Interviewing is often compared to dating. Both involve a conversation between two parties that are in search of “the one," the initial focus is the CV or dating profile, and the two-way decision is determined by both intangible and tangible factors. While chemistry is sometimes outside of our control, having the right strategy can help advance you to the next stage.
From the hundreds of interview processes that I’ve been involved in, there are a few questions that I get asked the most with regard to interviewing. Below, I have shed some light on these four most frequently asked questions, highlighting insights that I’ve gained from my work with talent teams and recruiters over the years in hopes of moving you to the next round.
1. “Tell me about yourself,” is one of the most common opening interview questions, and a candidate’s response sets the tone for what’s to come. What is the most effective approach to take when answering this question?
Most candidates feel lost with how to respond to this particular ask. They feel unsure about where to start and find it difficult to determine what information is most relevant. In preparing for this question, first, conduct an audit of the personality traits and skills that match the job description. I like to print out my resume and the job description to draw lines between corresponding characteristics to help me find the parallels. If you’re interested in the position and are a good fit for the role, there will be connections. It is also important to research the company ahead of time. Review the company’s LinkedIn profile and website to consider its culture, values, and mission statement, so that you can demonstrate alignment in your response.
2. What is the best way to respond when asked about the reason for leaving your last company?
With this question, an employer wants to see that you have sound reasoning behind your decisions. If your last situation was a negative situation, they want to see that you handled it well. To the employer, this question will reveal whether you are career-focused or a job hopper. The focus of this response should be on the value that you bring, the specifics of your work, and your interest in the company that you’re interviewing with. If you quit or were fired from your last role, your response will need to address the reasoning behind this (there’s no way around it), but should primarily focus on the positive outcomes and the dimensions of the role that were missing for you that will hopefully be met with your new role.
3. What is the recommended approach to the “What’s your greatest weakness?” question?
Candidates often wonder how honest they should be with this particular response, and in my opinion, honesty is always the best approach. The employer is looking for you to have a realistic view of your competencies and assessment of your performance. I recommend focusing on the aspects of the job that you have the least amount of experience with. Given that the bullets in the job description are often listed in order of importance, I would not recommend that your response include the top three listed requirements, as that could be a red flag in the eyes of the employer. Instead, review the last two or three bullet points to see if these are responsibilities that you could highlight as areas that you’re looking to improve. It is also helpful to consider other easy-to-learn responsibilities that are included in the posting. This approach will allow you to be honest and will demonstrate to the employer that you’re able to improve quickly.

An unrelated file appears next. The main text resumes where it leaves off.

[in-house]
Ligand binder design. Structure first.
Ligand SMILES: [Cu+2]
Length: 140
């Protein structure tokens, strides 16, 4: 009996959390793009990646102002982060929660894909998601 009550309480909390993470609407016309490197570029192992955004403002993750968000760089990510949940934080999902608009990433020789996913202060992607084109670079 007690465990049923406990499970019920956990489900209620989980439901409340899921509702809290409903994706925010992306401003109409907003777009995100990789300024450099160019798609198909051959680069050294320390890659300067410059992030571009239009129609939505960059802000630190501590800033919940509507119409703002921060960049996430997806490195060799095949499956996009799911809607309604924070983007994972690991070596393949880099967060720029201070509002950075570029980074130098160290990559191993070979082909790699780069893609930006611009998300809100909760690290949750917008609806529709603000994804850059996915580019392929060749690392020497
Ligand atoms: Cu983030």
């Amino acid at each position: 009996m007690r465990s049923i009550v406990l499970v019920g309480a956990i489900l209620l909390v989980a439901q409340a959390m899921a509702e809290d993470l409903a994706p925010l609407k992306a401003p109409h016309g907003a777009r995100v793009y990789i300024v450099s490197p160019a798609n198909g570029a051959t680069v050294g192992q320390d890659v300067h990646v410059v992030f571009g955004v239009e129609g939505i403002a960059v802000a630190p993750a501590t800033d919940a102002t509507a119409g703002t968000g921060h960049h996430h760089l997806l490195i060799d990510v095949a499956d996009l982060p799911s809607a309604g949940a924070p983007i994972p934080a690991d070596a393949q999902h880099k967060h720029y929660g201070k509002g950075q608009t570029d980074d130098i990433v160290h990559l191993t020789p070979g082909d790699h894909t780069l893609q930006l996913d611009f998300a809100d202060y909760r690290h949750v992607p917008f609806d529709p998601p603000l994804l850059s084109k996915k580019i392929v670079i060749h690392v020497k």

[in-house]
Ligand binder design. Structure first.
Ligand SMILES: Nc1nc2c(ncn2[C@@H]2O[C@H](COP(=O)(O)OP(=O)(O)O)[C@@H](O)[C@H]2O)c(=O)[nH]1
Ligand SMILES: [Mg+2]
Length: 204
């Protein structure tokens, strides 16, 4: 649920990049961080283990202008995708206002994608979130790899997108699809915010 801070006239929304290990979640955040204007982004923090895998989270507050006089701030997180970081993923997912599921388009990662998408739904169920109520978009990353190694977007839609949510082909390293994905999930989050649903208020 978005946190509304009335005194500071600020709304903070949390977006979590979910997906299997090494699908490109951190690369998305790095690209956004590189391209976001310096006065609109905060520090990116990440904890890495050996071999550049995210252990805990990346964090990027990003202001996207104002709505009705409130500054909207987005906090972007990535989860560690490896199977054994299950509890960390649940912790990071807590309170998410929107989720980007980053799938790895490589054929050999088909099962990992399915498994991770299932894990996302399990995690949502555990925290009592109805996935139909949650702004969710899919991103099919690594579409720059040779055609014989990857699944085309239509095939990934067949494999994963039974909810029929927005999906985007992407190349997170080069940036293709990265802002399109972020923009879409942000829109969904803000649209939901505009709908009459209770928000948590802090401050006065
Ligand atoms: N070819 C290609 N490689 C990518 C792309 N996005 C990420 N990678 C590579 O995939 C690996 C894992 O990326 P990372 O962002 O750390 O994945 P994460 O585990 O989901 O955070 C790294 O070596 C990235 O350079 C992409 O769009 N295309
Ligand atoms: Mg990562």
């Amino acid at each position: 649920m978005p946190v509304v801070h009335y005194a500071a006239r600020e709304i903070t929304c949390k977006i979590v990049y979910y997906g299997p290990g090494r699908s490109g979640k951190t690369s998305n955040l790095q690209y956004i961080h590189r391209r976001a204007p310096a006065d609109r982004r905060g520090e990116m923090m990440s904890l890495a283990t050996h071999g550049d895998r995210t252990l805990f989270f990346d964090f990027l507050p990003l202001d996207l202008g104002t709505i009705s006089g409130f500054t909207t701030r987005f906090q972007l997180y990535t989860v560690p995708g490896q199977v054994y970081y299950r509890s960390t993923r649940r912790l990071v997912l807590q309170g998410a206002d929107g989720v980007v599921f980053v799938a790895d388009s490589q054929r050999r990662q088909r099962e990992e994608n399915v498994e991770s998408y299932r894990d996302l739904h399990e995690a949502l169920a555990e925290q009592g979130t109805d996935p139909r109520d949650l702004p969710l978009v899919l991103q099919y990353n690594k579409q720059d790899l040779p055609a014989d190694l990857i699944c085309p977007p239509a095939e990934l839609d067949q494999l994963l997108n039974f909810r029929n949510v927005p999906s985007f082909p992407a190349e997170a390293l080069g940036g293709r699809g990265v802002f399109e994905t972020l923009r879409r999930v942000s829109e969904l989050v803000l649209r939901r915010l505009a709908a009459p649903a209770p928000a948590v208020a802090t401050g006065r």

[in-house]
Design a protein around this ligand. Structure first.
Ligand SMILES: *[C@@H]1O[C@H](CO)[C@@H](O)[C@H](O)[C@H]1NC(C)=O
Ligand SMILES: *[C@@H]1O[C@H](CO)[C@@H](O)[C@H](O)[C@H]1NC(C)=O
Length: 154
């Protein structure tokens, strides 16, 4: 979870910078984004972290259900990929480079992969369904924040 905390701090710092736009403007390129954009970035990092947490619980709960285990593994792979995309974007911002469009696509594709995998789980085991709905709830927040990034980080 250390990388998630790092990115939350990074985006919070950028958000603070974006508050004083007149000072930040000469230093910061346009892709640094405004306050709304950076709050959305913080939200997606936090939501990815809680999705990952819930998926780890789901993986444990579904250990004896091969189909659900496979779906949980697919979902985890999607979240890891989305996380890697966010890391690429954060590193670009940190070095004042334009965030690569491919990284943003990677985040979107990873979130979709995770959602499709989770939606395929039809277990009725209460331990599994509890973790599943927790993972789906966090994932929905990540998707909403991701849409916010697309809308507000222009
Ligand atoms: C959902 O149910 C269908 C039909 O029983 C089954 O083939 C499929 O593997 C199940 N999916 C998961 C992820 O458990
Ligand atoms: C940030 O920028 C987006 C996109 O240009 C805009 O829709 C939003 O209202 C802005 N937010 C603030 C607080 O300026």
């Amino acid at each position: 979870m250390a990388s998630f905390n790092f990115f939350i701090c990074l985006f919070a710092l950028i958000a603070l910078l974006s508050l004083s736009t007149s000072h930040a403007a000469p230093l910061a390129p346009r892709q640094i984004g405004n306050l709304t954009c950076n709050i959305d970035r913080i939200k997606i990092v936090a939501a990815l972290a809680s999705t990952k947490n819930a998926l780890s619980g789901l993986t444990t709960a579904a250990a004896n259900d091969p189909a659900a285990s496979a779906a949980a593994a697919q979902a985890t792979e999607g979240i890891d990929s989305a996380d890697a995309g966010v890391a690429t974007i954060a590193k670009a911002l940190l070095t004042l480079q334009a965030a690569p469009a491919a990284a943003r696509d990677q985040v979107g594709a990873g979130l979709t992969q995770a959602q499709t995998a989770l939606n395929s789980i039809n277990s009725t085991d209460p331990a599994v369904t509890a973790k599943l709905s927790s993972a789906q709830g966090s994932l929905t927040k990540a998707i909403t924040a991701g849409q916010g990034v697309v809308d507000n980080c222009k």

4. What are some helpful questions to ask the hiring manager at the end of the interview?
My two favorite questions to ask employers in an interview are:
1. What does success look like for this role in the first three months?
2. What is the salary and performance review process?
The first question will allow you to put a plan in place should you be hired. The employer’s response to this question will give you a clear understanding of what will be expected of you and what you will need to stand out. From their response, you will be able to determine whether their metrics are realistic or not. Will you need to stay late? Will you need to do your own extra research in order to set yourself up for success? Having a clear set of expectations ahead of time is always best.
The second question will determine whether or not there are systems in place for feedback, as you look to be supported in your growth with a raise and/or a promotion later down the line. As a potential new hire, it is important to ensure that there are mechanisms that will support your professional trajectory in the long run.
The employer’s decision in an interview process is critical, of course; but remember that your thoughts on the employer are just as valuable.